Second, as my father-in-law noted about the book this film is based on, it lacks an appropriate sense of gravitas. Though she acknowledges she sinned horribly, the true horror of what Abby Johnson was involved in isn’t really conveyed in the film. The reaction of her pro-life family, and pro-life husband to her abortion clinic work contributes to this lack of gravitas – they make it clear they disapprove, but their daughter’s/wife’s ongoing involvement in the murder of countless children doesn’t prompt them to anything more than muted expressions of disapproval. It hardly seems like she could be doing anything too wrong if this all the reaction she gets from her friends and family.

I’ll conclude by noting I’m being a bit overly cautious with these cautions and I hope this doesn’t leave you wondering if the film is any good. It is wonderful! What a story – praise God for the wonders He can perform! It is also a great resource for anyone involved in the pro-life movement, and to those who are not, but are starting to recognize that they really should be! I highly recommend it (and have already seen it 5 times!).

Wednesday, March 7, 2012

The Secrets of Jonathan Sperry

Family / Drama
96 minutes; 2010
RATING: 5/10

In the summer of 1970 three boys develop a friendship with an elderly man, Jonathan Sperry, who teaches them about the necessity of living out, and spreading God’s Word.

The first time I watched The Secrets of Jonathan Sperry I stopped about ten minutes in – the three principal child actors weren’t very good. Not horrible, but awkward enough to get in the way of the story.

But when I shared my thoughts with a friend, he encouraged me to watch the whole thing, and instead of focusing on the acting, look at what else the film had to offer. And it does have a lot to offer - this is a “message film” that uses storytelling to teach Christian morals. The lessons the three boys learn from Mr. Sperry include how:
  • important it is to share the Bible with everyone we know 
  • we should look to older godly people to mentor us 
  • we should respond to bullies by using Matt. 5:38-42: “If your enemy takes a piece of your pizza, offer him two.” 
In a particularly illuminating conversation, Mr. Sperry teaches the boys that God’s love is evidenced in the Bible’s laws and restrictions.

Mark: “The Lord is interested in the girls we like?
Mr. Sperry: “Absolutely The Lord is interested in everything in our lives!”
Albert: “Yeah, I know the Bible is always saying, don’t do this, don’t do that”
Mr. Sperry: “I never look at it that way. Now the bible says not to steal. Would you like anyone stealing from you Mark?
Mark: “No”
Mr. Sperry: “Well, I guess that’s a pretty good thing, isn’t it?”

There is a value to these sorts of "message" films, especially when we take them as such. This isn't a great film, acting-wise, but is pretty impressive as a means of teaching a moral lesson - a pleasant way of getting a conversation started with our kids about the importance of sharing God's Word. 

But let’s dwell on the acting for a moment. Christian films often have problems when it comes to “believability” – the storyline and acting often don’t ring true. But as Jonathan Sperry concluded I became quite a bit less critical, because the closing credits told us what happened to the boys after they grew up – one became a pastor, another a radio station owner and another a police officer. This must have been based on real events and I have a lot more leeway then. If a film story seems a bit too easy, or too good to be true – say, the baseball team that is made up of losers that wins it all – but I know it is based on a real story, then I just go with it, and turn off my inner critic. After all, it really happened! So sure, Mr. Sperry seems too nice to be authentic, and the bully in this story has a change of heart that happens a bit too quickly, but if this was based on real events, who am I to say this is unrealistic?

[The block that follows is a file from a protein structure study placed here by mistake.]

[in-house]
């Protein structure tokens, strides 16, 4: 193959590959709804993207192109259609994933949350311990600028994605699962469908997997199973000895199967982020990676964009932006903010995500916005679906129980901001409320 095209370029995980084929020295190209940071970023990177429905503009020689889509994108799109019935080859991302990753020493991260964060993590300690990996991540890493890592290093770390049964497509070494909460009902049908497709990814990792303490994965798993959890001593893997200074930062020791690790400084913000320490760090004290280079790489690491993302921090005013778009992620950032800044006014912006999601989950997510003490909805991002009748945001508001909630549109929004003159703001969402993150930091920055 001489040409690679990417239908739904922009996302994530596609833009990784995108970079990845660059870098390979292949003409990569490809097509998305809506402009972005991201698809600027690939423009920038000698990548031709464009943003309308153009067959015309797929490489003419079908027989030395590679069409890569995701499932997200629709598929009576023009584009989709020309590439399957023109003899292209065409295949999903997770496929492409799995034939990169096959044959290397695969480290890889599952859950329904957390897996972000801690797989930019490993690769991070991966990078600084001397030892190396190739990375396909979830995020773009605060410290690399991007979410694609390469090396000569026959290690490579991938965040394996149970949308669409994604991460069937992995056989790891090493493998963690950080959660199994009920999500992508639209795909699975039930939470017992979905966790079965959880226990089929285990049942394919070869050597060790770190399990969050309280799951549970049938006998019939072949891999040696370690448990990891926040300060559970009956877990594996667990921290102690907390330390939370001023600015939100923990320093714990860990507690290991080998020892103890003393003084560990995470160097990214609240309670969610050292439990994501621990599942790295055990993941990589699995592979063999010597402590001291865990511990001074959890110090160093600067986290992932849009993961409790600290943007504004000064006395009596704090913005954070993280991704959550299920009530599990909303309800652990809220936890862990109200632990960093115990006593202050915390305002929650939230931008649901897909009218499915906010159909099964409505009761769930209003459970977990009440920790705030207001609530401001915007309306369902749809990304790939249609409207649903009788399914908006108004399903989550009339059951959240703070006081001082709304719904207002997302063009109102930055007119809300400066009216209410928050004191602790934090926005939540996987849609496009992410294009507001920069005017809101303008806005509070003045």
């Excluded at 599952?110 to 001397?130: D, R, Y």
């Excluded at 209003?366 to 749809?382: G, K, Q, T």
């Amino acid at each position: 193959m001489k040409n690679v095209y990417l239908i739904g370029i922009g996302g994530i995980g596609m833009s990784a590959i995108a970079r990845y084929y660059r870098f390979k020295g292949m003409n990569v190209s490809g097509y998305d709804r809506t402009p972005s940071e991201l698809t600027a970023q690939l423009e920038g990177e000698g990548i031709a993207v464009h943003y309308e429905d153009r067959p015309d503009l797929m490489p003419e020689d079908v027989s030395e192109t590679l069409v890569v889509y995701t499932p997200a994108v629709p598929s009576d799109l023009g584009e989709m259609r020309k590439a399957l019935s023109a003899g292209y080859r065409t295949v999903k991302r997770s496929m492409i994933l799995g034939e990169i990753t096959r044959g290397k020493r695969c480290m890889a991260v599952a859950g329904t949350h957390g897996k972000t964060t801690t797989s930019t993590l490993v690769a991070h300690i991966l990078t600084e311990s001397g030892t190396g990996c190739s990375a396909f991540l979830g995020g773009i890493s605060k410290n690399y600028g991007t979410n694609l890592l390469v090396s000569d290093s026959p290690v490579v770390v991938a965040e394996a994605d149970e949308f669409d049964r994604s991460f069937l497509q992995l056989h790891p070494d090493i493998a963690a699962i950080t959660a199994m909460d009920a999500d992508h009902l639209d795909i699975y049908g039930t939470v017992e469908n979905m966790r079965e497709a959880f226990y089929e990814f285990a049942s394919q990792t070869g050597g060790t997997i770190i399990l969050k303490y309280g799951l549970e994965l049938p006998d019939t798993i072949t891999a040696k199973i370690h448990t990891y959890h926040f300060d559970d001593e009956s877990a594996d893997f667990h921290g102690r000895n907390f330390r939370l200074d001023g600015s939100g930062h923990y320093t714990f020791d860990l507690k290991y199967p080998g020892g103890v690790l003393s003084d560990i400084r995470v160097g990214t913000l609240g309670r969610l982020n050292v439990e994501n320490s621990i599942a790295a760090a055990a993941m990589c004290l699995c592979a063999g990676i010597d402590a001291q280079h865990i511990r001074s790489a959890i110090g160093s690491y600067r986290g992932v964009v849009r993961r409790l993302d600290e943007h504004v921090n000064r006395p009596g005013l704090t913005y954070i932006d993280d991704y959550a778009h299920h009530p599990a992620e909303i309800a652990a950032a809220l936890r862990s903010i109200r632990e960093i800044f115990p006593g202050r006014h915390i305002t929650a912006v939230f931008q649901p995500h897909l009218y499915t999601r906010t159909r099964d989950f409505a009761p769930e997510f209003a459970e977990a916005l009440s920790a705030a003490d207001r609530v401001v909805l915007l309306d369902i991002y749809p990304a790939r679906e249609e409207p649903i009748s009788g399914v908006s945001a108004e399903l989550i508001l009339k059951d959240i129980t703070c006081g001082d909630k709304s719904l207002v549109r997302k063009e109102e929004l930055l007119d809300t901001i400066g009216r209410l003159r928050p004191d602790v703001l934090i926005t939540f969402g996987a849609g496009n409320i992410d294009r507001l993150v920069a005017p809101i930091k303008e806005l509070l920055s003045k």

However, the film's closing, by giving the impression that these were real people, is misleading. The opening of the film actually states that these are entirely fictional events. And as a fictional piece, my criticisms pop up again. Like the fictional baseball team of losers that just wins, wins and wins, the fictional wonderful Christian man that does everything right is more than a bit unrealistic. This is a flaw common to many Christian films – Christians who are too perfect. We make ourselves look too good, and we need to work on that.

So, a pleasant family film, though some of Mr. Sperry's lessons do have the strong Arminian overtones that parents should point out. I give it a 5 out of 10 for entertainment, noting that there are better "message" films out there, including one by this same director called Time Changer. But this will make for a nice evening with the kids.

Thursday, March 1, 2012

Free online film: Programming of Life

44 minutes, 2011?

This is a critique of the insufficiency of random chance as any sort of explanation for the complexity of life. This is basically an Intelligent Design presentation, so it argues against evolution, rather than arguing for creation. Still, it makes a pretty compelling case that information has to come from somewhere, and that we have a lot of information - our programming for life - packaged inside us. So where did it come from? This is clearly a presentation intended to be palatable in public schools, so they don't answer that question with the obvious answer - God - but this answer is inescapable nonetheless.

There is a lot to chew on here, so you may want to watch it a few times to properly digest it all. Fantastic computer animation aid in making this a painless educational journey. I would recommend Programming of Life to anyone interested in the origins debate, including those that are already quite familiar - even they will find something new and of interest here. You can find out more at their website,, including previewing the book the documentary is based on, and you can watch the complete film below.